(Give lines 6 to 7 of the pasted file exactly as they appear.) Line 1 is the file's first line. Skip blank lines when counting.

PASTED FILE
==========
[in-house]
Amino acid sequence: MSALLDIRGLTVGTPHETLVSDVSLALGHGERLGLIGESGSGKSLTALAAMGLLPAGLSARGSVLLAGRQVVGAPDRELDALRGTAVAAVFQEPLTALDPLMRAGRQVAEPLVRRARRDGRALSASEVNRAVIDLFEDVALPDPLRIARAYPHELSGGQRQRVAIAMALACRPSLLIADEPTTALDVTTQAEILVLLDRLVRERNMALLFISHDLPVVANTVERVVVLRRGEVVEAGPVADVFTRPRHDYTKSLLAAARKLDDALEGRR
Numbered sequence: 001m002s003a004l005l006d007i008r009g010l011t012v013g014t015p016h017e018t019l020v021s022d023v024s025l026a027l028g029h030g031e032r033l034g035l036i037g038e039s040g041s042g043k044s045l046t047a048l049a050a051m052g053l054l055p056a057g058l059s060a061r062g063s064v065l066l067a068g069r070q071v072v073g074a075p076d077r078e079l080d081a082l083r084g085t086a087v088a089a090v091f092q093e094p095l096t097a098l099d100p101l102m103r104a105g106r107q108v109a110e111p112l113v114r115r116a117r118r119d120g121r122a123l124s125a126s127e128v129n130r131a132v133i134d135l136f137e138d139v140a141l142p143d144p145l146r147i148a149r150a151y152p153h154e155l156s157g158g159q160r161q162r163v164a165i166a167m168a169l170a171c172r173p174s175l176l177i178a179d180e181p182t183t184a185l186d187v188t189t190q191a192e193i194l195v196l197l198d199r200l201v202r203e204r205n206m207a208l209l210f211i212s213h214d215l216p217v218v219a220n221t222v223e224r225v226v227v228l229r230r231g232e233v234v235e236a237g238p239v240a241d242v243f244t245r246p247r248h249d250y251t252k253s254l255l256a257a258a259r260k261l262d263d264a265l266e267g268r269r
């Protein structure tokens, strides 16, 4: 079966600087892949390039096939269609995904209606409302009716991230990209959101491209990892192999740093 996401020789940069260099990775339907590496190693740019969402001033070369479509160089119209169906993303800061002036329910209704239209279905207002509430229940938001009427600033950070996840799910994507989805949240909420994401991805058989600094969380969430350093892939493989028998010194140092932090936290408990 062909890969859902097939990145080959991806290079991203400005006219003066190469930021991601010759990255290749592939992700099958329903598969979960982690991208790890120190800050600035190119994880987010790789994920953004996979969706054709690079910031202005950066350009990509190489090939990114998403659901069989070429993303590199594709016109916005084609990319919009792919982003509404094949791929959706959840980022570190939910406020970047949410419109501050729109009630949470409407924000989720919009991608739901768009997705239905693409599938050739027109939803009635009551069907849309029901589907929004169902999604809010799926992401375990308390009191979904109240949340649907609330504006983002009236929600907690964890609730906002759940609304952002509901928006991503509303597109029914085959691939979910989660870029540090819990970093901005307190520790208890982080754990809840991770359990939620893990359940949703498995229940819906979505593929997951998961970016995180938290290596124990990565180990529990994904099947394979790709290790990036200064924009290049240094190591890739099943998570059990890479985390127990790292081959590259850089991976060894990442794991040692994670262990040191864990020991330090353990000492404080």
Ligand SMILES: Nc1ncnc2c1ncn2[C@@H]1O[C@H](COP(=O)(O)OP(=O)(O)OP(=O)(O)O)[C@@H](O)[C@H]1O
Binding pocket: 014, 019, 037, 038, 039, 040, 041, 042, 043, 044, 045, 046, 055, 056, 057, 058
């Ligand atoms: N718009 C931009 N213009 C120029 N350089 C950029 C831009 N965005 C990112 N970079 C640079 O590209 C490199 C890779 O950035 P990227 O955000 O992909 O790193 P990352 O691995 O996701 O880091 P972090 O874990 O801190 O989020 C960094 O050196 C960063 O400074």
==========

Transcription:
Binding pocket: 014, 019, 037, 038, 039, 040, 041, 042, 043, 044, 045, 046, 055, 056, 057, 058
């Ligand atoms: N718009 C931009 N213009 C120029 N350089 C950029 C831009 N965005 C990112 N970079 C640079 O590209 C490199 C890779 O950035 P990227 O955000 O992909 O790193 P990352 O691995 O996701 O880091 P972090 O874990 O801190 O989020 C960094 O050196 C960063 O400074």